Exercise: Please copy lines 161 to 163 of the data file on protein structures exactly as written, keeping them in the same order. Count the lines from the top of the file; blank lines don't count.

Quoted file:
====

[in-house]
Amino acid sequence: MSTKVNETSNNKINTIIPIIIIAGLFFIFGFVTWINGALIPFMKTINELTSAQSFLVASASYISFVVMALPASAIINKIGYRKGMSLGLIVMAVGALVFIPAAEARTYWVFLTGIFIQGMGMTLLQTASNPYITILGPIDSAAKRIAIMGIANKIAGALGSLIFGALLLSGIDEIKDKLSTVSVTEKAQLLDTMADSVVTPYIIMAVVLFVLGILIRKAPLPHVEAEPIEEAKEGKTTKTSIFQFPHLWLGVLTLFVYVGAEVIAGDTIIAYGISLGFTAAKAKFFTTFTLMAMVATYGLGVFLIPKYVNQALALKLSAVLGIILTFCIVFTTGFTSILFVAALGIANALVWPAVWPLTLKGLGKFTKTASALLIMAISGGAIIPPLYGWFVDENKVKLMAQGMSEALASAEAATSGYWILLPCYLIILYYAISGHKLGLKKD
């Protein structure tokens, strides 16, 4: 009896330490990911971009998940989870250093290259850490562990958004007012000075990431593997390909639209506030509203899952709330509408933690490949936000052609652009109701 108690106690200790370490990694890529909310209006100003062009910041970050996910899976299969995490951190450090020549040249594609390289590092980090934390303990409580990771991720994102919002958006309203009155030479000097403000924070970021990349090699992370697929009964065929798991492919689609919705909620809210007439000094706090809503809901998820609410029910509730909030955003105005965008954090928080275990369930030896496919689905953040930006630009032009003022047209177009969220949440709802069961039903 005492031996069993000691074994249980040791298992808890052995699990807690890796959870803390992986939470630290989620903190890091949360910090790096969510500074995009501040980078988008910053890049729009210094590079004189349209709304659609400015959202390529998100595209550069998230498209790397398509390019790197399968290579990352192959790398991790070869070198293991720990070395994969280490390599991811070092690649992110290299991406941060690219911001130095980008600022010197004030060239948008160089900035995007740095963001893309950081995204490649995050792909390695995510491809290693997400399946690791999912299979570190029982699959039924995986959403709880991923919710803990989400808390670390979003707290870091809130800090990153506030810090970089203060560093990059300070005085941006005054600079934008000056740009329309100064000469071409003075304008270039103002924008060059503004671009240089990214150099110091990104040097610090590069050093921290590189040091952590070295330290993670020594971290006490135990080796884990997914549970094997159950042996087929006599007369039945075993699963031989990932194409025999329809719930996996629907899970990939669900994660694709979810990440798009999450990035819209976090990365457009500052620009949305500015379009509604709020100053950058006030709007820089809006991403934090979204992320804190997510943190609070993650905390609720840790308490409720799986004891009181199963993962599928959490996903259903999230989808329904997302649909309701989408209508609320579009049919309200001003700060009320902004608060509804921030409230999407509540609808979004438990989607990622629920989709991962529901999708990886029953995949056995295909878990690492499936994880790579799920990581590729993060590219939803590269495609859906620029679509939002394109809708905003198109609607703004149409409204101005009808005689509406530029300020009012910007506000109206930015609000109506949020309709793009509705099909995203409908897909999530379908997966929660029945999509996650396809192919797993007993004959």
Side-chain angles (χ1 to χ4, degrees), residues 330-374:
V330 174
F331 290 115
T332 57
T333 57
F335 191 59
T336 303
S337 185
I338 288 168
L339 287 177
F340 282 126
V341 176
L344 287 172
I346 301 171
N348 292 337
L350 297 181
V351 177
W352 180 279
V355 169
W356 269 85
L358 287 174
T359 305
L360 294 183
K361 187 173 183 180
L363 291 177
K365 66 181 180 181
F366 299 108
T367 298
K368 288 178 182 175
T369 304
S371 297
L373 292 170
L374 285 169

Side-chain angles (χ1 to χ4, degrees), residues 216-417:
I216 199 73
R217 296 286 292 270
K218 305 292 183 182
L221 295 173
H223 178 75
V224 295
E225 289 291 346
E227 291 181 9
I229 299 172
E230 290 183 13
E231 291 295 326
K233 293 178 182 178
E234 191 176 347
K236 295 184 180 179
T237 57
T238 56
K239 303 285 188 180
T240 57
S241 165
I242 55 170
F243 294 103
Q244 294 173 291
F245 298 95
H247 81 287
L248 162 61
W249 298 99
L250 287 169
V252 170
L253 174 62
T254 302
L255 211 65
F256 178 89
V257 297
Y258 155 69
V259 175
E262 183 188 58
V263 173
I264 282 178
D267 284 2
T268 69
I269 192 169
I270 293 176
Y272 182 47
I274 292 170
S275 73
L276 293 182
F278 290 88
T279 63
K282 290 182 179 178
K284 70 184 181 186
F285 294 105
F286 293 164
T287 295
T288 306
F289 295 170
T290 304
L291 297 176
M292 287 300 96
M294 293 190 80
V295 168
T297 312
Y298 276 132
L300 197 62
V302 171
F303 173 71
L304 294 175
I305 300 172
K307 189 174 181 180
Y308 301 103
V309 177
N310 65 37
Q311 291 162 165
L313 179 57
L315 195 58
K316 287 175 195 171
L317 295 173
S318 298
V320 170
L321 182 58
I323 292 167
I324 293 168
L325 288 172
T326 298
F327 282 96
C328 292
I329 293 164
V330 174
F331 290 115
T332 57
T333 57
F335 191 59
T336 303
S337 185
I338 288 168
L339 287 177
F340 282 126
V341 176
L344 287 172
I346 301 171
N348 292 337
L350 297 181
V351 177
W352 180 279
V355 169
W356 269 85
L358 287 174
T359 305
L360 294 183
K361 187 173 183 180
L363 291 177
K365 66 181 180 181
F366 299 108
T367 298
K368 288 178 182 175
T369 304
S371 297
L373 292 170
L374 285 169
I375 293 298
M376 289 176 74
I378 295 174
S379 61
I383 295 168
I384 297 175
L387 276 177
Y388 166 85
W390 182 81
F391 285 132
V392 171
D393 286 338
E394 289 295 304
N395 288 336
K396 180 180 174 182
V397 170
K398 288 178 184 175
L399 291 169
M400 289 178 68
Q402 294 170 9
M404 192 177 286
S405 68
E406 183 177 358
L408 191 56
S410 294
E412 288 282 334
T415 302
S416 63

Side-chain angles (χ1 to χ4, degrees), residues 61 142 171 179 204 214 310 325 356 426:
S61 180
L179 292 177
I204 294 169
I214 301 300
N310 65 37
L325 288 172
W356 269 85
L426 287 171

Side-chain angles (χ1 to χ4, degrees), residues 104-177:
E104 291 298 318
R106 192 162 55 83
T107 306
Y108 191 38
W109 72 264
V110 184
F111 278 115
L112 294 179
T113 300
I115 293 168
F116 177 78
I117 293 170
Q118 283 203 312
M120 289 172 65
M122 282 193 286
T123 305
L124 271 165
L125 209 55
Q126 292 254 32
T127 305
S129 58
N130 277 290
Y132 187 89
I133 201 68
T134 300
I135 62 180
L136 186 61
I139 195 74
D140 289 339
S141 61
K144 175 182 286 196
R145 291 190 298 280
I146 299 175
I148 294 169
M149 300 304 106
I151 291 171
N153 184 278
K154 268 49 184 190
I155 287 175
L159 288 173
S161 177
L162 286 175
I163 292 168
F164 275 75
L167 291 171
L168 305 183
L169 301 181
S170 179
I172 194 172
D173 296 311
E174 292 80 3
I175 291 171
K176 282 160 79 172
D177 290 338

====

I384 297 175
L387 276 177
Y388 166 85